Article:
Melody C. Barnes, one of President Barack Obama’s top advisors, doesn’t do politics. She does policy.
That point was made several times at a rare meeting between a top administration official and nine reporters from the LGBT print and online media, held July 1 in the Eisenhower Executive Office Building, immediately adjacent to the White House.
Barnes, who heads up the president’s Domestic Policy Council, did not attend a critical meeting held shortly after Obama reiterated his pledge to end the military’s Don’t Ask, Don’t Tell policy during his January 27 State of the Union speech — a gathering at which deputy chief of staff Jim Messina reportedly disappointed advocates by laying it on the line that repeal would not be taken up in the annual Defense appropriations process. Her absence means she can’t speak to the politics at play in that meeting.
Nor was Barnes comfortable addressing the question of why LGBT voters should feel motivated to turn out for this November’s midterm congressional elections.
But Barnes, whose portfolio contains a broad swath of domestic policy concerns, certainly keeps a calendar — and knows how few days Congress will be in session prior to the fall elections.
Probably enough for the full Senate to approve the compromise incorporating contingent Don’t Ask, Don’t Tell repeal language into the Pentagon budget authorization bill already approved by the full House and the Senate Armed Services Committee. But likely not enough for the two houses to take up the long-stalled Employment Non-Discrimination Act, widely thought to be bogged down in uncertainty about whether there are sufficient votes to beat back a Senate filibuster, particularly over the inclusion of gender identity protections.
Keenly aware of what she obliquely referred to as “the time that’s left,” it’s not surprising that Barnes’ comments, in a roundtable that lasted almost exactly one hour, provide a telling roadmap for what Obama partisans and Democrats generally are going to be emphasizing in gay fundraisers, LGBT Democratic clubs, handbills circulated in select neighborhoods, and targeted email messages as November approaches.
The shorthand will go something like this: The progress already achieved through unilateral executive branch action is unprecedented in American history. The enactment of hate crimes legislation in 2009 — eleven years after the nation was staggered by the murders of James Byrd, Jr., an African-American man in Texas, and Mathew Shepard, a gay man in Wyoming — ought not be discounted. Even if congressional action on Don’t Ask, Don’t Tell has not yet delivered an unambiguous end of the policy, the gay ban has certainly been set on a smooth glide path toward repeal. And, don’t worry, we won’t let up in 2011 in our commitment to enact ENDA. Or whatever exactly it is that we’ve promised you on family equality, either.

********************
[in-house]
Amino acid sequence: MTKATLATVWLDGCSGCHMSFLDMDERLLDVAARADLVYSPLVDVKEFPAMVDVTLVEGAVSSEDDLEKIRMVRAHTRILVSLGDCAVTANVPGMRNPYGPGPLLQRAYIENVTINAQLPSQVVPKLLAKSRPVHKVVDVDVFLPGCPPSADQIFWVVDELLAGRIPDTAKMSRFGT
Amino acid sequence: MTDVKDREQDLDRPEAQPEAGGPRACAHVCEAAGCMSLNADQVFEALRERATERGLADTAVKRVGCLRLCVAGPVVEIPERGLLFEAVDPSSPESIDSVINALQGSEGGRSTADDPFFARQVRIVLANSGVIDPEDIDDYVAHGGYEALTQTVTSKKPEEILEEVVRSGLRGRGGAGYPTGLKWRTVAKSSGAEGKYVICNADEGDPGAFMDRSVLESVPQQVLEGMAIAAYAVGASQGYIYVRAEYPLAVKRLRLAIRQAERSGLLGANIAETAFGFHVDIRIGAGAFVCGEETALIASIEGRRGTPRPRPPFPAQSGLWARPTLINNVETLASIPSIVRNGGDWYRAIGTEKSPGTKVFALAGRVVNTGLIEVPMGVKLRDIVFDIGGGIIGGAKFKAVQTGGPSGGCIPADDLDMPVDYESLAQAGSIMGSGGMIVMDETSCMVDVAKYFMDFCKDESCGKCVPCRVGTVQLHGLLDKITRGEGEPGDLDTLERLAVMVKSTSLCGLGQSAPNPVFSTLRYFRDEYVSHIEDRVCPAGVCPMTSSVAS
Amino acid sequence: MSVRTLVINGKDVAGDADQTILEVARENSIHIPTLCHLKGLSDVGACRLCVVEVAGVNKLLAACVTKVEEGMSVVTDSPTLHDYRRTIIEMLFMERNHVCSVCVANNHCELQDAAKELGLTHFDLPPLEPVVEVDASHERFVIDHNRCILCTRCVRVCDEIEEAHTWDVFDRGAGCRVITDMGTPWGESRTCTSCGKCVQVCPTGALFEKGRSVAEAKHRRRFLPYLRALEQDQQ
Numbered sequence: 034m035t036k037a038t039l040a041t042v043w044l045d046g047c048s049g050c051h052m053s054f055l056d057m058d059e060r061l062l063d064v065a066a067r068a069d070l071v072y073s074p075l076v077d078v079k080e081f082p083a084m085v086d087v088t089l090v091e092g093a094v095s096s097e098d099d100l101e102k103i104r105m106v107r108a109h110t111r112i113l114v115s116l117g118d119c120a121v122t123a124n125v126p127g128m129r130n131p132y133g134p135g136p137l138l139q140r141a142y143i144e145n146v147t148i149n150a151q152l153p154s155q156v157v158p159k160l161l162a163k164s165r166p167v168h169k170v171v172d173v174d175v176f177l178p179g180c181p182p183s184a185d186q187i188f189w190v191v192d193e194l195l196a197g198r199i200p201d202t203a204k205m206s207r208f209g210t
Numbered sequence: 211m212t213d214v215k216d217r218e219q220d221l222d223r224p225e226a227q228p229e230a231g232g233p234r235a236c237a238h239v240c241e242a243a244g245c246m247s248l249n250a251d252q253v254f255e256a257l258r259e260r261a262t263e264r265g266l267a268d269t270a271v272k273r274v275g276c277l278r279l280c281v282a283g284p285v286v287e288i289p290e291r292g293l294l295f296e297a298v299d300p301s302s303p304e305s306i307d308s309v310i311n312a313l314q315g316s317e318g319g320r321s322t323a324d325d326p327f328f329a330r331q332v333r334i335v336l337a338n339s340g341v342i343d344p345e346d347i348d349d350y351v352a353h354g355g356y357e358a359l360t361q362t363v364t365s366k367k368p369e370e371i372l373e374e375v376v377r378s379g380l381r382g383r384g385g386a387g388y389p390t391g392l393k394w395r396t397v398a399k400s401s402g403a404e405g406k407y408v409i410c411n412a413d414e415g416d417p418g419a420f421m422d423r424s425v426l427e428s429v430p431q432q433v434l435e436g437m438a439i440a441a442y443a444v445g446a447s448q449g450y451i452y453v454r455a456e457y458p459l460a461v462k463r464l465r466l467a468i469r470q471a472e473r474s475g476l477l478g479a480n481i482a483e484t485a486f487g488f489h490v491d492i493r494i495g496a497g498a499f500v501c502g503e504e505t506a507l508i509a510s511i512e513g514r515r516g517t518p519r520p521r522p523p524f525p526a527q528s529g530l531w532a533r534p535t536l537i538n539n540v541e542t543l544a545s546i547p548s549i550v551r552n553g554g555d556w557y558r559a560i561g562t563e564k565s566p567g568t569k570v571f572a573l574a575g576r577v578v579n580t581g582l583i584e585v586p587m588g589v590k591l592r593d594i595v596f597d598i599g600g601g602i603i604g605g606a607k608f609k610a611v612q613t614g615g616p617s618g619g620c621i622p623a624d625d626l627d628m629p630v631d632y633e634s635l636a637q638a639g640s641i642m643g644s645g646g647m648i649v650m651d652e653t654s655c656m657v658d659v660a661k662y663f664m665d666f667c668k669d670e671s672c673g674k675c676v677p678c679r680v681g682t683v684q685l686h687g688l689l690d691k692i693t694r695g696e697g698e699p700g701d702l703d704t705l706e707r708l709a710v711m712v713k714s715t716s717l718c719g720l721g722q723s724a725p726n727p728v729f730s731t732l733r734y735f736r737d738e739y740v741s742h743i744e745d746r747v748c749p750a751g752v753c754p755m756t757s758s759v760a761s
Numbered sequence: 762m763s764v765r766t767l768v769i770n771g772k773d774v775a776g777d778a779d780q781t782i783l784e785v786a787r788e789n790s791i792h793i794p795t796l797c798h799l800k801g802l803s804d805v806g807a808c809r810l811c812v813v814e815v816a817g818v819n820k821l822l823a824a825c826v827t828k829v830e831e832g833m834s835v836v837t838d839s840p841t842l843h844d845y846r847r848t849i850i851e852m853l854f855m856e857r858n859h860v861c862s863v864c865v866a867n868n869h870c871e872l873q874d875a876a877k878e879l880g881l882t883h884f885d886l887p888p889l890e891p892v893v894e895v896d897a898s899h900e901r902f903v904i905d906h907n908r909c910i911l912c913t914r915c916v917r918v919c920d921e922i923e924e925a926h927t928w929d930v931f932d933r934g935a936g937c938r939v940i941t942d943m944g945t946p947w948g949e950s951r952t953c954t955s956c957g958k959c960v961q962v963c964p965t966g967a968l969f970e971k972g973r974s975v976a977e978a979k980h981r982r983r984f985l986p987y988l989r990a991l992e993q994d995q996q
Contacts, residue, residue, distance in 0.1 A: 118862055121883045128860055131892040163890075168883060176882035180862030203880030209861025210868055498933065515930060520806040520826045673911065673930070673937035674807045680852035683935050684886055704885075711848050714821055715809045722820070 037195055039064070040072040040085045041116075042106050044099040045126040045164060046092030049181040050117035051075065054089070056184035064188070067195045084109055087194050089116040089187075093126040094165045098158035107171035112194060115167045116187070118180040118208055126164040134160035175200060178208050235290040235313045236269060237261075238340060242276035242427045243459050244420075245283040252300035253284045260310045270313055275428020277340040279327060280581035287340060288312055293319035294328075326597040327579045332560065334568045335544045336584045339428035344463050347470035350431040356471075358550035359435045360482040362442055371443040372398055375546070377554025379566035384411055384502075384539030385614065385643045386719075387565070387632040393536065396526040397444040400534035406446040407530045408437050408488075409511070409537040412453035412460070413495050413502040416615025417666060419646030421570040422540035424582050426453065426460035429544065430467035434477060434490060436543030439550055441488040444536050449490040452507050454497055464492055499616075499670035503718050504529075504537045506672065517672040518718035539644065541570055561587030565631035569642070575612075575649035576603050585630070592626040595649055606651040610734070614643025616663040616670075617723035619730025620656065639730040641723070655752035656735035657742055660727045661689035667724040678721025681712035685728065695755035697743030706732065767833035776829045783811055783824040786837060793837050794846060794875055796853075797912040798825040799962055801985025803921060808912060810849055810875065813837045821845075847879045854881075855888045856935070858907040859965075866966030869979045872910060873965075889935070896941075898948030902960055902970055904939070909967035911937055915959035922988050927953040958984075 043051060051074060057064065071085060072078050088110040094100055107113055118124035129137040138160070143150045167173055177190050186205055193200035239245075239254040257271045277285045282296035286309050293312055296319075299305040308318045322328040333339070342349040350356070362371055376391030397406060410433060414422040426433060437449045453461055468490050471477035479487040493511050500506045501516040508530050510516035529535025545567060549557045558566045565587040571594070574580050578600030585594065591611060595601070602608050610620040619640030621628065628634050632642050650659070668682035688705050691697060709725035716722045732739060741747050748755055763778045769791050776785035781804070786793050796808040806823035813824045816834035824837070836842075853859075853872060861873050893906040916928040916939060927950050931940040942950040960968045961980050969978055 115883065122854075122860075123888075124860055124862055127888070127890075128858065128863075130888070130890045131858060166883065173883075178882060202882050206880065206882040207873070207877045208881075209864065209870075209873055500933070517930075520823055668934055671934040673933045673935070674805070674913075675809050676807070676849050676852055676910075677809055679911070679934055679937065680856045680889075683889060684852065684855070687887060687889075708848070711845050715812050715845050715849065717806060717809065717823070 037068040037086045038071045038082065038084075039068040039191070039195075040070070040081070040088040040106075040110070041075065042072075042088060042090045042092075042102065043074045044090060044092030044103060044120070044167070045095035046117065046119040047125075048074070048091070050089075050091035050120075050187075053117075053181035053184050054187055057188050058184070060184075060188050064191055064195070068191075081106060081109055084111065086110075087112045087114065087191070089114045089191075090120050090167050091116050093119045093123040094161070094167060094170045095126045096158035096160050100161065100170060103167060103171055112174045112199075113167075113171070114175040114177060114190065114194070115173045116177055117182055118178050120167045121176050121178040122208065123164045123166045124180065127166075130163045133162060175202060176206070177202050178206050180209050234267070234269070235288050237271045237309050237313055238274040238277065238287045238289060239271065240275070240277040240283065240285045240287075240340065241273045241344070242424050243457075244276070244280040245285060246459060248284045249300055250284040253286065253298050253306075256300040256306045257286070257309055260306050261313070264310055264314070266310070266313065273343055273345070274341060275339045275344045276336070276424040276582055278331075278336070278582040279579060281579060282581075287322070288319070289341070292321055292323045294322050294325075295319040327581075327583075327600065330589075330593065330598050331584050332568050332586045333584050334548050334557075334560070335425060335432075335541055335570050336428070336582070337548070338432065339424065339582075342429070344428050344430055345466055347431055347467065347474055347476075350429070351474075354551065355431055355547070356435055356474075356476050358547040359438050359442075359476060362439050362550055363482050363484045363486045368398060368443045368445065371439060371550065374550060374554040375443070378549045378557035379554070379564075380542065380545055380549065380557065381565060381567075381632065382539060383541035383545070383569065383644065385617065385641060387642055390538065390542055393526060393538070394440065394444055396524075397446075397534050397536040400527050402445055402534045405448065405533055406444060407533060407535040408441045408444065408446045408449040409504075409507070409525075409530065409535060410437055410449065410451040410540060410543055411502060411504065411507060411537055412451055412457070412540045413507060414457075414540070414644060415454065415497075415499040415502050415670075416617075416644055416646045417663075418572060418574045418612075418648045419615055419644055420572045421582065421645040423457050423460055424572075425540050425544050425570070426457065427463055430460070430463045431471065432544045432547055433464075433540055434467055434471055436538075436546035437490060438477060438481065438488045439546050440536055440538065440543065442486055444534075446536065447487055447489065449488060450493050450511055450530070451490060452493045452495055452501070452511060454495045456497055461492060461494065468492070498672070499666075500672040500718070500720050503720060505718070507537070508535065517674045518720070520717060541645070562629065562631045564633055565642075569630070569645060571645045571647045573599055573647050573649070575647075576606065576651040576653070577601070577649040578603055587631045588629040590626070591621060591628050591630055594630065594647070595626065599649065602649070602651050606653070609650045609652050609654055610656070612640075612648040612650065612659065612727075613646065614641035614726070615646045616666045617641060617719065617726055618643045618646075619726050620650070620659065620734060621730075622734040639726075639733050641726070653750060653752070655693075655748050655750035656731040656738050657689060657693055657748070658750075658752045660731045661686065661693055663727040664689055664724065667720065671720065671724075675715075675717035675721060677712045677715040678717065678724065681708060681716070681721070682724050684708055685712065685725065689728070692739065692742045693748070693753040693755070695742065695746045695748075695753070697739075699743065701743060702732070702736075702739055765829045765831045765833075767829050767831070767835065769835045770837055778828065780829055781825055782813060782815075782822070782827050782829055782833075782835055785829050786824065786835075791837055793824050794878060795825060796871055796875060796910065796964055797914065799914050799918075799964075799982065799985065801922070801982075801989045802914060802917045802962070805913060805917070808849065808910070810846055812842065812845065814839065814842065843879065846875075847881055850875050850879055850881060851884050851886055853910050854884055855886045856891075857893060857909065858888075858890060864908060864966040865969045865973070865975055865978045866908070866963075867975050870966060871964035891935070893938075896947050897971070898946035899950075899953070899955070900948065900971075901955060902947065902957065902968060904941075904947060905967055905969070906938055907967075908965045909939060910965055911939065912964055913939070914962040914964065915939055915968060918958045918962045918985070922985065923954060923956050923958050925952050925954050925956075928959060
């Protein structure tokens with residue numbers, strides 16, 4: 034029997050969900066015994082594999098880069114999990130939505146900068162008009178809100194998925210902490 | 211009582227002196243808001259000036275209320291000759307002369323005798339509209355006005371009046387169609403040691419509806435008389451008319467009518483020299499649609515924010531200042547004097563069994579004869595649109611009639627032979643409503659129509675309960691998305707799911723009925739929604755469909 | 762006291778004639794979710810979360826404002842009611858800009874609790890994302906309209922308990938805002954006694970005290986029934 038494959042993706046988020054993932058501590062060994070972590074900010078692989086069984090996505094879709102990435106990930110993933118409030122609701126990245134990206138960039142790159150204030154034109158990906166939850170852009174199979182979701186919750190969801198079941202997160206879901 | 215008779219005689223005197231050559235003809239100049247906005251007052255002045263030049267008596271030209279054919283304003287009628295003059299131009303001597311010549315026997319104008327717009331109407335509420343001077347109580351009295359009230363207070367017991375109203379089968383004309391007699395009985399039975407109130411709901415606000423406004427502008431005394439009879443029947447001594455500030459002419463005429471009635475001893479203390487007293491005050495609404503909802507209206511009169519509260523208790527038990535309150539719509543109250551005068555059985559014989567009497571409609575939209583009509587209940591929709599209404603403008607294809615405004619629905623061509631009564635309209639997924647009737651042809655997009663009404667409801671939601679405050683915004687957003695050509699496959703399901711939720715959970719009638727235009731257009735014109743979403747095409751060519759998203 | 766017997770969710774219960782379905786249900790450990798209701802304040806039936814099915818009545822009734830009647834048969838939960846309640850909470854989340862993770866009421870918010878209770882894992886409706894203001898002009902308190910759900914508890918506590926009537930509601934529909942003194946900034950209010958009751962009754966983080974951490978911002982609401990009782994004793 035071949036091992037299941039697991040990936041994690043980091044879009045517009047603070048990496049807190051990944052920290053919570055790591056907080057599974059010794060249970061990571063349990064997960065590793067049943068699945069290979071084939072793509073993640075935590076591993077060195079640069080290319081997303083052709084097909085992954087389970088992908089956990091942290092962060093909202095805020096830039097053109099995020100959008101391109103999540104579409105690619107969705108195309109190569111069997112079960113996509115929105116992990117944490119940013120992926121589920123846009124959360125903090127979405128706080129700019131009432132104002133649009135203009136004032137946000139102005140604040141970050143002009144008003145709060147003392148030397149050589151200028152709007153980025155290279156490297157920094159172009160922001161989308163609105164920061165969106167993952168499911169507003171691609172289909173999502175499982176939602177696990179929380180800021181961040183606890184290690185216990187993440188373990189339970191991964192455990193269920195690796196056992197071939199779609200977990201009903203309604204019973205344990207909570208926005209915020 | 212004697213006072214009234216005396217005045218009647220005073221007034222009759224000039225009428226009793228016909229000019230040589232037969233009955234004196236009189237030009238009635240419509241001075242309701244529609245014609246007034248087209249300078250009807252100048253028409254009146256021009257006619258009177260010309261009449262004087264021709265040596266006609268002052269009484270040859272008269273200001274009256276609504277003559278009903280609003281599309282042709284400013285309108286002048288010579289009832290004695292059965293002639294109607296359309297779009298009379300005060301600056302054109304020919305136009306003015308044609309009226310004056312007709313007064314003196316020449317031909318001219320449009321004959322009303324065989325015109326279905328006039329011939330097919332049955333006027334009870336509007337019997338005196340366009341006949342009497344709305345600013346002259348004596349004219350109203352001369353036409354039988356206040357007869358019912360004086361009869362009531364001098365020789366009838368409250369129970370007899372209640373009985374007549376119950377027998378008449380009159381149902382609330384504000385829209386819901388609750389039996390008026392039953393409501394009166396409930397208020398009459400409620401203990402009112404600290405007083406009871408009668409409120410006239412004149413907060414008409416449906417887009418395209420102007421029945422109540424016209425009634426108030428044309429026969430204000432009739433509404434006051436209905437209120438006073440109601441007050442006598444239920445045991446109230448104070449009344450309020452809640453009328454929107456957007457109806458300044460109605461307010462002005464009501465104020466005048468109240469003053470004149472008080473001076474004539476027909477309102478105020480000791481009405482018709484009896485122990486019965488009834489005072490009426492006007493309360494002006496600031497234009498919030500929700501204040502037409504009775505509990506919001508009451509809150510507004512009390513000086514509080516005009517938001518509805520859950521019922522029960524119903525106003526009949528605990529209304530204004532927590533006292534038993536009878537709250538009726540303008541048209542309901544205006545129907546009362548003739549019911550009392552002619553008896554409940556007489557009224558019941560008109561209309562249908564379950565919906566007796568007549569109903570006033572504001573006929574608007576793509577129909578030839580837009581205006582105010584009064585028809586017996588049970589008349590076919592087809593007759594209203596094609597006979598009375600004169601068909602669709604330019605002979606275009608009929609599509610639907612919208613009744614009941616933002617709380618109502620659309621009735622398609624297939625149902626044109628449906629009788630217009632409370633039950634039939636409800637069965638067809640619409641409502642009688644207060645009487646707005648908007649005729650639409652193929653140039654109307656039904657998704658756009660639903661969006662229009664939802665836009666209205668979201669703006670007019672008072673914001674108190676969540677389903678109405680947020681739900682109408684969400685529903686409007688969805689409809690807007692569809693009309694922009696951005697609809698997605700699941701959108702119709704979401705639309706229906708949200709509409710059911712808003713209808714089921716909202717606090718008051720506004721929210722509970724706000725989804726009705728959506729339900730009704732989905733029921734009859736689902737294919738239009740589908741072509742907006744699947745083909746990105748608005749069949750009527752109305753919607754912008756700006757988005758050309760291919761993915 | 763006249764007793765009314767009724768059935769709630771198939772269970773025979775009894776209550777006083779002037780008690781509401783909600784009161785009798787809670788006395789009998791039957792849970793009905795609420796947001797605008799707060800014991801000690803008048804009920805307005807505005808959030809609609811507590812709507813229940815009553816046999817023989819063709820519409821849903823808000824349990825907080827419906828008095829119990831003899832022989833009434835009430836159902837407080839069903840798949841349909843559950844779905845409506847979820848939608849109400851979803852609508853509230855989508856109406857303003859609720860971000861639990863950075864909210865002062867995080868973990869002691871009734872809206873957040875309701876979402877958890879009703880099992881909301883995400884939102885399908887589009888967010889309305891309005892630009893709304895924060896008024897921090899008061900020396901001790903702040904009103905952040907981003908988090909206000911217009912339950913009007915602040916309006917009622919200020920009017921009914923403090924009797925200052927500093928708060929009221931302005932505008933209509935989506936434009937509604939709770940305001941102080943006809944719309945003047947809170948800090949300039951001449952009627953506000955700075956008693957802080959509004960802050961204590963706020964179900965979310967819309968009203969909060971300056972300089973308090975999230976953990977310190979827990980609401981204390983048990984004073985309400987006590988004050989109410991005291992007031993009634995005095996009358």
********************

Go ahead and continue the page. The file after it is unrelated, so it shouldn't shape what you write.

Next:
Barnes’ comments on ENDA, in fact, may have been the most revealing moments in the session. Pressed on how Obama will be able to advance issues the LGBT community is increasingly making noise about with just four months until the midterms, Barnes began her answer in the same way the administration often does when asked about its priorities — by pointing to the other end of Pennsylvania Avenue.
“The leadership will have to decide what they’re… how they’re going to be able to use floor time to move things forward,” she said of Congress’ top Democrats, before essentially conceding the unlikelihood that ENDA will move soon: “But one thing I would also say — none of us are naïve, but the end of the Congress also doesn’t reflect the fact that bills are never going to move and never going to pass… We will continue to work and continue to push on this.”
The comments made by Barnes about hate crimes also suggested that the White House is eager to end up on the right side of the glass half-full/ half-empty divide this fall, whatever the disappointments over progress.
“I’ll be honest on this one,” she said. “I think a lot of people have kind of banked that one, and said, ‘Oh that’s nice that we’ve gotten that one done,’ and moved along.” Then, noting that she served as chief counsel to the late Senator Ted Kennedy when he first introduced hate crimes legislation in the 1990s, she added, “That one is kind of personal to me.” She acknowledged that when she and other Kennedy staffers worked on both hate crimes and ENDA, they were somewhat “naïve,” thinking that hate crimes “would be the easy one.”
In brief introductory remarks made prior to taking questions, Barnes emphasized the administration’s record in having “advance[d] the ball through executive action… what we have control over” — and in so doing, having “taken more steps and made more progress in regards to the LGBT community than past administrations have.”
Among the achievements she noted were the end of the ban on HIV-positive travelers from other countries entering the US (though that process was in motion by the end of the Bush administration); a change in federal policy working its way through the public rule-making traps that will open up same-sex partner visitation rights at nearly all American hospitals; a reform eliminating evidence of sex reassignment surgery from the list of required documentation for transgender passport holders seeking to change the gender indicated; new efforts by the Department of Housing and Urban Development to investigate and combat discrimination, including treating gender identity bias as sex discrimination, already covered by federal law; and the extension of some partnership benefits to federal employees in same-sex relationships.
The president, she said, had instructed all agency and department heads to “scrub their authority” to enhance what could be achieved through administrative action.